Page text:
Young Swiss designers illustrate their potential
Switzerland’s most promising young designers are being honoured by an exhibition at Lausanne’s Museum of Contemporary Design and Applied Arts.
They have all won awards from the Federal Culture Office for their innovative designs, ranging from fashion to photography.
Over 270 participants took part in this year’s competition, with 29 winners. Each of them can choose between a cash award of SFr20,000 ($15,000) or an internship in a design institute in Switzerland or abroad.
“The jury simply looks for new designs of the highest quality,” joint curator Patrizia Crivelli of the Federal Culture Office told swissinfo. “And this year the quality is very high.”
“There is a huge potential in Switzerland for young designers. We now have several design schools which are very much up-to-date and the competition reflects that.”
Crivelli added that a noticeable trend over the past few years has been the rise in the number of promising fashion designers such as Irène Münger and Lela Scherrer, both of whom won awards for the second consecutive year.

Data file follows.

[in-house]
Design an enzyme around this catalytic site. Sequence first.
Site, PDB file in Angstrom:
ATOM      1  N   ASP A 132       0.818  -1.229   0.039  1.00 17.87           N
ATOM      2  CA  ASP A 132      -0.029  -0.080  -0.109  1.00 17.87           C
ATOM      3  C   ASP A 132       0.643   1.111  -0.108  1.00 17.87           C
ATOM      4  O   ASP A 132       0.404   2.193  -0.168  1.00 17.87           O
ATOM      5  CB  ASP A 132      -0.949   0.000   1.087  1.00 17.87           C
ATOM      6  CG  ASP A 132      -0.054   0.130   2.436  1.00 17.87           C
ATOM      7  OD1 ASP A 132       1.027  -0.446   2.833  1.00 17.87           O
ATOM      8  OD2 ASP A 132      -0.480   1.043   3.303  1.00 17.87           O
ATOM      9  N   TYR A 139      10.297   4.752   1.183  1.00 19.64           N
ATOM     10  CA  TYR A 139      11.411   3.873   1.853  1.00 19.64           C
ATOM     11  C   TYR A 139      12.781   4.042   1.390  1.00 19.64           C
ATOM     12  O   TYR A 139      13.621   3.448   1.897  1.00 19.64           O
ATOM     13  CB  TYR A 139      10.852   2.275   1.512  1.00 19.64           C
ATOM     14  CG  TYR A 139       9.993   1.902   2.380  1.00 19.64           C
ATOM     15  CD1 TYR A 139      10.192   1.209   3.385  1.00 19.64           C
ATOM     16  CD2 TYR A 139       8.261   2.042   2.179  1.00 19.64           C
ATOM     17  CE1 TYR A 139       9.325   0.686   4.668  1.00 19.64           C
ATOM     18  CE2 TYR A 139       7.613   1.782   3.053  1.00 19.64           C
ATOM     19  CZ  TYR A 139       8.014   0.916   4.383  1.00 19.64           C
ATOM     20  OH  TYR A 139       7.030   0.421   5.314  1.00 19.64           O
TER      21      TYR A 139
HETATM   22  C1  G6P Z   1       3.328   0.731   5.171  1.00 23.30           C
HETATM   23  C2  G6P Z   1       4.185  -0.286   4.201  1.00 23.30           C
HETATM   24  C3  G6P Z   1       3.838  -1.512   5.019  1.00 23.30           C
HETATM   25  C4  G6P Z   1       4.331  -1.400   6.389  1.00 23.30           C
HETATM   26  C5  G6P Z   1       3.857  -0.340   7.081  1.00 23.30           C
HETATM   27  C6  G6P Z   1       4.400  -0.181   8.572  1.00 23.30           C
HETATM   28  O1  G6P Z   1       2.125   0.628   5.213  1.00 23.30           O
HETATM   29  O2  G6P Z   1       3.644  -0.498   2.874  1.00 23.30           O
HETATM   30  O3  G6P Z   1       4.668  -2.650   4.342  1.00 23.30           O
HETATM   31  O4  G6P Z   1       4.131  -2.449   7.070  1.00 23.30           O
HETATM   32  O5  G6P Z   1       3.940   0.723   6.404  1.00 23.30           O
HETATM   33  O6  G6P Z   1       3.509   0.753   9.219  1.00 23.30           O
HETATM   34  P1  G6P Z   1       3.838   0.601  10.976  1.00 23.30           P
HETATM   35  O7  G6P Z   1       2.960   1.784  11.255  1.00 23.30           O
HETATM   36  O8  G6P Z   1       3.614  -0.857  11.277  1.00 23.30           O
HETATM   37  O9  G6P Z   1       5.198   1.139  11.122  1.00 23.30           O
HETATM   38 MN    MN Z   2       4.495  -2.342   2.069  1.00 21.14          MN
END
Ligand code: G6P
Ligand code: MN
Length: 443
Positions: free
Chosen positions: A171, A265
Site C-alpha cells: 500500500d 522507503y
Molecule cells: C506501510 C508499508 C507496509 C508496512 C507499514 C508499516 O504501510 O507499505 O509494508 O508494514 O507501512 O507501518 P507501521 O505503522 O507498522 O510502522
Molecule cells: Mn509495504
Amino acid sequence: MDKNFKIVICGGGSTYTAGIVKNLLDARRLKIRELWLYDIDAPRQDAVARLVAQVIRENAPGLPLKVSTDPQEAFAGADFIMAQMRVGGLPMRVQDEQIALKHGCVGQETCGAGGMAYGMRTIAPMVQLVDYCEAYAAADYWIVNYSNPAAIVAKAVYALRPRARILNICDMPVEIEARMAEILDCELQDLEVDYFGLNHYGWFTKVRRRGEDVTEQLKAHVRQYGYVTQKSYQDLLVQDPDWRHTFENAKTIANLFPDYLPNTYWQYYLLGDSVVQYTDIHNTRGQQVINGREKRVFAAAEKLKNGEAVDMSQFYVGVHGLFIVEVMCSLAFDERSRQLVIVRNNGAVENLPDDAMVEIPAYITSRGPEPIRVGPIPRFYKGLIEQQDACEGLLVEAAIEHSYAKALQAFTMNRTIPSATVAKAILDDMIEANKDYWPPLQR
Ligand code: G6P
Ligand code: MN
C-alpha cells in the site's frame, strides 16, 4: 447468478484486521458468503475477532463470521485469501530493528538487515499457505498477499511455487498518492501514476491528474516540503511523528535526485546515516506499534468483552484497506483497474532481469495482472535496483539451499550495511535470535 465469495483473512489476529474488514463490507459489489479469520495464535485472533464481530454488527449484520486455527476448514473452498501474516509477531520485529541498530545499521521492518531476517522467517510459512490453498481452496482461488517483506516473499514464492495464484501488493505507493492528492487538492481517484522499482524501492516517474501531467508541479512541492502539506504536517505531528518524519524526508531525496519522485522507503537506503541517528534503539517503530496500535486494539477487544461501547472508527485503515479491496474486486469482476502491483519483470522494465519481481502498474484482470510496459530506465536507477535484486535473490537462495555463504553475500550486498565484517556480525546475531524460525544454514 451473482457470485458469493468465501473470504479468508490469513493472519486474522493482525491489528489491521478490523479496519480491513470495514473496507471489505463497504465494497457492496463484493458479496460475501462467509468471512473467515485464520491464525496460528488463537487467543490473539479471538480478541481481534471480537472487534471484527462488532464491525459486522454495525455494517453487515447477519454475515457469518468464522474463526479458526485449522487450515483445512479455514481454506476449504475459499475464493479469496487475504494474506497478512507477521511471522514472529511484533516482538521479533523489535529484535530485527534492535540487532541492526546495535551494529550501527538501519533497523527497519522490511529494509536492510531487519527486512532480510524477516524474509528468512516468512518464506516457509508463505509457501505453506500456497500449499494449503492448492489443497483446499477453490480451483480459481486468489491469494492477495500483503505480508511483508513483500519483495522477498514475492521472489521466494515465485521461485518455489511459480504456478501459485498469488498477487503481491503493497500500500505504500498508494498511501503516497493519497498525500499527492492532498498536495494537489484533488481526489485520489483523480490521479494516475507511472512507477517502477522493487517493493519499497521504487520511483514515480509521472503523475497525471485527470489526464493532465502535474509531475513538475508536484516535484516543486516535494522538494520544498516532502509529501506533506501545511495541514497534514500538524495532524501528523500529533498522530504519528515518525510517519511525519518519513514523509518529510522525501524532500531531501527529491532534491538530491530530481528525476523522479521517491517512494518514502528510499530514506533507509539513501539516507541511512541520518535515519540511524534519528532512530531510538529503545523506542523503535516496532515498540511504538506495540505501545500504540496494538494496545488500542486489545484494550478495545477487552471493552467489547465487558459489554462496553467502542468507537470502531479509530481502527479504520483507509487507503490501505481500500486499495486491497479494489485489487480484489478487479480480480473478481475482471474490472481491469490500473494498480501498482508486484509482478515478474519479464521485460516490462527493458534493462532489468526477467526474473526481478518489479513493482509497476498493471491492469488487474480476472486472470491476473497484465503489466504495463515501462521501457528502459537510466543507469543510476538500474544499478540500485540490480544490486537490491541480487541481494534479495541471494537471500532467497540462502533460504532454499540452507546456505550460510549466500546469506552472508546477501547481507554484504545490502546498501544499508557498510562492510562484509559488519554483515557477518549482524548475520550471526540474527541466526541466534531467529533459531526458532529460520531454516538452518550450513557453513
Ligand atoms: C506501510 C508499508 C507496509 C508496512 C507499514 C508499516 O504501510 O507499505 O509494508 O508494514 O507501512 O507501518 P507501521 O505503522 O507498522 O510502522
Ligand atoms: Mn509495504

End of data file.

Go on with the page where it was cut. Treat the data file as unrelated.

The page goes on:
As a result of her 2002 award, Münger is currently living and working in New York.
But there is much more to Swiss Design 2003 than fashion – such as a computer-controlled device created by Ulrich Franke and Jürg Lehni.
“Hektor, Graffiti Plotter” sprays graphics from an aerosol can onto a wall and won the jury’s praise for being an innovative tool for graphic design.
“We envisage that it will become a tool for performance art at exhibitions,” co-creator Lehni told swissinfo.
Another award winner commended by the jury was Leo Fabrizio for his series of colour photographs of Swiss military fortifications and bunkers.
“His unassertive, to a certain extent neutral eye, respects the character of these structures – some quite absurd – and uses them to provoke viewers into an amusing and entertaining ‘search for errors’,” the jury said.
“[It’s] a game of double camouflage and [an] artistic examination of a quintessentially Swiss theme.”
The exhibition, which is on at the museum until February 15, also showcases over 30 books published recently in Switzerland which were judged to be the most aesthetically pleasing.
swissinfo, Richard Dawson in Lausanne
Organised by the Federal Culture Office, the competition for young designers was first held in 1918.
Judged by a panel of experts, it covers several design fields, including graphics, fashion, textiles, photography, theatre set design and ceramics.
Twenty-nine designers were selected from 277 participants in the 2003 competition.
Winners can choose between a cash award of SFr20,000 ($15,000) or work experience.
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